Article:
Prescription drugs affect the central nervous system (CNS), which is made up of the brain and the spinal cord. Some prescription drugs slow down, or depress the CNS, while others speed up, or stimulate the CNS. When a person takes a prescription drug they give up some control of their body to the drug. Prescription drug overdoses can result in serious brain damage, coma or death.
Every prescription drug behaves differently in each person’s body and central nervous system, interacting with their unique body chemistry and underlying health conditions. What might not affect one person, may kill or harm another.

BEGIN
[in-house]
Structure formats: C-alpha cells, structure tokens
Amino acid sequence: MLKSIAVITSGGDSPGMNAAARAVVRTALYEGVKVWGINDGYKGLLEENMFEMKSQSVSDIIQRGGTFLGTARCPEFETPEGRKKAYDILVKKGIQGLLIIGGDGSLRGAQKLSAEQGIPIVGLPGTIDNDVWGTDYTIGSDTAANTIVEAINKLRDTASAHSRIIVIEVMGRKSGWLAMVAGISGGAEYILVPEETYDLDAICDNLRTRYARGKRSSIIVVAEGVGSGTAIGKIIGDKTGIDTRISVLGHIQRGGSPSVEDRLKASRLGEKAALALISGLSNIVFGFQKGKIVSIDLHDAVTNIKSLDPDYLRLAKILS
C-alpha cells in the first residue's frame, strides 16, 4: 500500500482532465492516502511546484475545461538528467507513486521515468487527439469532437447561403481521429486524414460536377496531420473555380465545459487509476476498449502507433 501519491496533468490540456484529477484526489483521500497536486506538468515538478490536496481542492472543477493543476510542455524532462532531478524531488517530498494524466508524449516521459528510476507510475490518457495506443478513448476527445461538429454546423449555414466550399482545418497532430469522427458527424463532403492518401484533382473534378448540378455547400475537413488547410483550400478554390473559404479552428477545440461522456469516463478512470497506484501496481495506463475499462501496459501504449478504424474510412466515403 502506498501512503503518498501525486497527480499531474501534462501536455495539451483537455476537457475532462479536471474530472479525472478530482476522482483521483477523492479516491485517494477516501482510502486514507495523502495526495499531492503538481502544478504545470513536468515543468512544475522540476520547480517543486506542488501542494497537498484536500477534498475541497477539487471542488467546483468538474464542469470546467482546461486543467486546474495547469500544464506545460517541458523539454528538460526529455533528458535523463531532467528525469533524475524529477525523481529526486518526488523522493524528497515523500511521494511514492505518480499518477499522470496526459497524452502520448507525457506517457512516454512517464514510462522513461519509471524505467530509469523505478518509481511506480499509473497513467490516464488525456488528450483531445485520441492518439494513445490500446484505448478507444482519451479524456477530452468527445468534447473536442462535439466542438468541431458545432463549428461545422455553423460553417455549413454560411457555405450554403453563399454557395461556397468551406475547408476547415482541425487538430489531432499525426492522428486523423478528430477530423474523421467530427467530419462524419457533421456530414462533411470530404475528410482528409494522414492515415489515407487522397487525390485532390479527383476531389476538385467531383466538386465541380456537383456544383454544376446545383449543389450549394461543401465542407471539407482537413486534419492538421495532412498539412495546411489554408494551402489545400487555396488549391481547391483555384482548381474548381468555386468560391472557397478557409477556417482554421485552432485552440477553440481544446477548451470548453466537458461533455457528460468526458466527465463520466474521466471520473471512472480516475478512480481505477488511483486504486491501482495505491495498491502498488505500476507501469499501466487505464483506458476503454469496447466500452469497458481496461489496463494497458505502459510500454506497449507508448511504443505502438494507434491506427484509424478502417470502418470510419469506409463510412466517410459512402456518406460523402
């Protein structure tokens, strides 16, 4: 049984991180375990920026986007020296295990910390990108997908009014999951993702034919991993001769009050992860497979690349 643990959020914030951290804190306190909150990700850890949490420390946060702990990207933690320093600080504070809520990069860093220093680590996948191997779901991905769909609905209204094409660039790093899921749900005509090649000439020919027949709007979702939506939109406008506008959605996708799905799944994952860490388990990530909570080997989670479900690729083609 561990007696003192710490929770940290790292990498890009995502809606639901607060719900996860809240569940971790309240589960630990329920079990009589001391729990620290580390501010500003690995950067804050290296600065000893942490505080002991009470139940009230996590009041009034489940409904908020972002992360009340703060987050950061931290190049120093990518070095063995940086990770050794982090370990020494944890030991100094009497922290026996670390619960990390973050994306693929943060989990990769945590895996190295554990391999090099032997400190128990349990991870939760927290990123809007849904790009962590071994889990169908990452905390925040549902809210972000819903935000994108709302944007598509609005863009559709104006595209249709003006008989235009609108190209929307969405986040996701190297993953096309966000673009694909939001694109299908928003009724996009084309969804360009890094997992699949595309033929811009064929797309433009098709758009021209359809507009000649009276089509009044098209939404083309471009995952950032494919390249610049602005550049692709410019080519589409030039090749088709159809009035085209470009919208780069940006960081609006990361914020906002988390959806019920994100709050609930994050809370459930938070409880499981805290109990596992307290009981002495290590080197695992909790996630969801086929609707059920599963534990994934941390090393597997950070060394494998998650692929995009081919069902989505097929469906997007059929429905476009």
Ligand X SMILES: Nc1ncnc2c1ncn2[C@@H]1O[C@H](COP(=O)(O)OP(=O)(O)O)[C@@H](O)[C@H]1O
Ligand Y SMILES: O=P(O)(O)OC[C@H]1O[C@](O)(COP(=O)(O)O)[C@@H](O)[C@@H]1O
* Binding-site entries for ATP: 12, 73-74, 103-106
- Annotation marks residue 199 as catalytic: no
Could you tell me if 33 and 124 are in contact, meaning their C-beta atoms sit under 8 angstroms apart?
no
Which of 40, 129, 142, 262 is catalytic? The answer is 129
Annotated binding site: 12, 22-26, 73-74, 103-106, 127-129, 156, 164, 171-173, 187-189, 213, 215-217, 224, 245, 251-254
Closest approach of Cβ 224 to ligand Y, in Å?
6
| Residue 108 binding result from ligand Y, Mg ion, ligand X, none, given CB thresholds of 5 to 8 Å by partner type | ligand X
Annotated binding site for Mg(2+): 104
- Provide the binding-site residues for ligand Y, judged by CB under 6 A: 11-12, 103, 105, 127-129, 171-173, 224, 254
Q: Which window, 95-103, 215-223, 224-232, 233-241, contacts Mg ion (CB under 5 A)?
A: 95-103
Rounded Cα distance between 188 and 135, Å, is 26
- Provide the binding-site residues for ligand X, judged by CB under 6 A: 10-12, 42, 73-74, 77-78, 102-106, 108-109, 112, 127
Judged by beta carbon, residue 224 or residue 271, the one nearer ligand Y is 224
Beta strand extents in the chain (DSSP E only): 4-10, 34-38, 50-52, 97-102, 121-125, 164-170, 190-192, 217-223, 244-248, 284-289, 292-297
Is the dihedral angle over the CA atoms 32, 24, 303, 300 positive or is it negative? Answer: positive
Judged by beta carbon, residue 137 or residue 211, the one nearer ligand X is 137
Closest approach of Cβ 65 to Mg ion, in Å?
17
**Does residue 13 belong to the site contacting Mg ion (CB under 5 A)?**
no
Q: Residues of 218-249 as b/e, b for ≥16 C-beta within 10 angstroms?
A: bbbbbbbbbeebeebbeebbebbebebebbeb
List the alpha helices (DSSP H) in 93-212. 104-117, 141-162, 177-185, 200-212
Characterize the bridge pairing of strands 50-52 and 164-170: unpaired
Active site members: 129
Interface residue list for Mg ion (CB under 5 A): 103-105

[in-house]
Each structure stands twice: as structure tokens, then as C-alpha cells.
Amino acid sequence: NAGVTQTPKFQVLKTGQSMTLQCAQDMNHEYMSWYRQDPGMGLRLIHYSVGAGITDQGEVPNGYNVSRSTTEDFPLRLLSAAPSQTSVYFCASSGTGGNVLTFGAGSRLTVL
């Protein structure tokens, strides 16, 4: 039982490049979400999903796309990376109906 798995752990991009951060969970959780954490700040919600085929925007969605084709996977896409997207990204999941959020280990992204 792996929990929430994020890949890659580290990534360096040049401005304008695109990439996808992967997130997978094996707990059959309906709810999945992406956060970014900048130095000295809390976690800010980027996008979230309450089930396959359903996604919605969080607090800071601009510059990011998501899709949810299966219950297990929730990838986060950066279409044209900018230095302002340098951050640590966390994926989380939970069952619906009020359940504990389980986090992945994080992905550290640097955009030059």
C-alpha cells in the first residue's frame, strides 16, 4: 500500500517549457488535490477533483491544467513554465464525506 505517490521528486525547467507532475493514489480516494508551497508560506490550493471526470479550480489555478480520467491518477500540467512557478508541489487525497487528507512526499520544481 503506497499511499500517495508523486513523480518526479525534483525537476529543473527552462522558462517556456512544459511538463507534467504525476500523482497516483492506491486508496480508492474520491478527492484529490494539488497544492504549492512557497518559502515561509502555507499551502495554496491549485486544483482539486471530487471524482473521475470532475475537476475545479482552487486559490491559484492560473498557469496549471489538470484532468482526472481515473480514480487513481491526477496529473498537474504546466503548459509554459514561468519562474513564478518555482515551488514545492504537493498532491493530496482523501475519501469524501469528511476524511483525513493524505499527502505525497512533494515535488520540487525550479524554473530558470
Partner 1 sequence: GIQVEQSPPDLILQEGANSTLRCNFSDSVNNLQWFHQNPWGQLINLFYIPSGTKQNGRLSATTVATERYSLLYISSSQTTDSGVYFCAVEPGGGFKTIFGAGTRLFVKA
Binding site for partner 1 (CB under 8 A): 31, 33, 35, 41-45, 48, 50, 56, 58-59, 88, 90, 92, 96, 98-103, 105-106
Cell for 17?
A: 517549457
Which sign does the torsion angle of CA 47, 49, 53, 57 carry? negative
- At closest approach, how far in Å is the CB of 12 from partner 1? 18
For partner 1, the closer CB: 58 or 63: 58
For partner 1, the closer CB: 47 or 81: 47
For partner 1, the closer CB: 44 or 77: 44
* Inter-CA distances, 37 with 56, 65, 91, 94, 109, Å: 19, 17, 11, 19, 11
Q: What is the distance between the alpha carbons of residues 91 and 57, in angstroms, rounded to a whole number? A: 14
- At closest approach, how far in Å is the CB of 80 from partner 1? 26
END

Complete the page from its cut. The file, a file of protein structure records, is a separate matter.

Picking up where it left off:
Drugs come in different strengths—some, in particular OxyContin and methadone, come in strengths strong enough to kill someone in one dose. Opioids are the most common type of prescription drug, resulting in death from overdose.
The cause of death in cases of opioid overdose is almost always respiratory failure. Usually, the person will get weak from lack of oxygen, lose consciousness, stop breathing and die. If you are the one experiencing an overdose, you will not be aware that you are in trouble—your only hope is for someone around you to recognize that something is wrong. One of the key factors in recognizing an overdose is paying attention to how a person is breathing.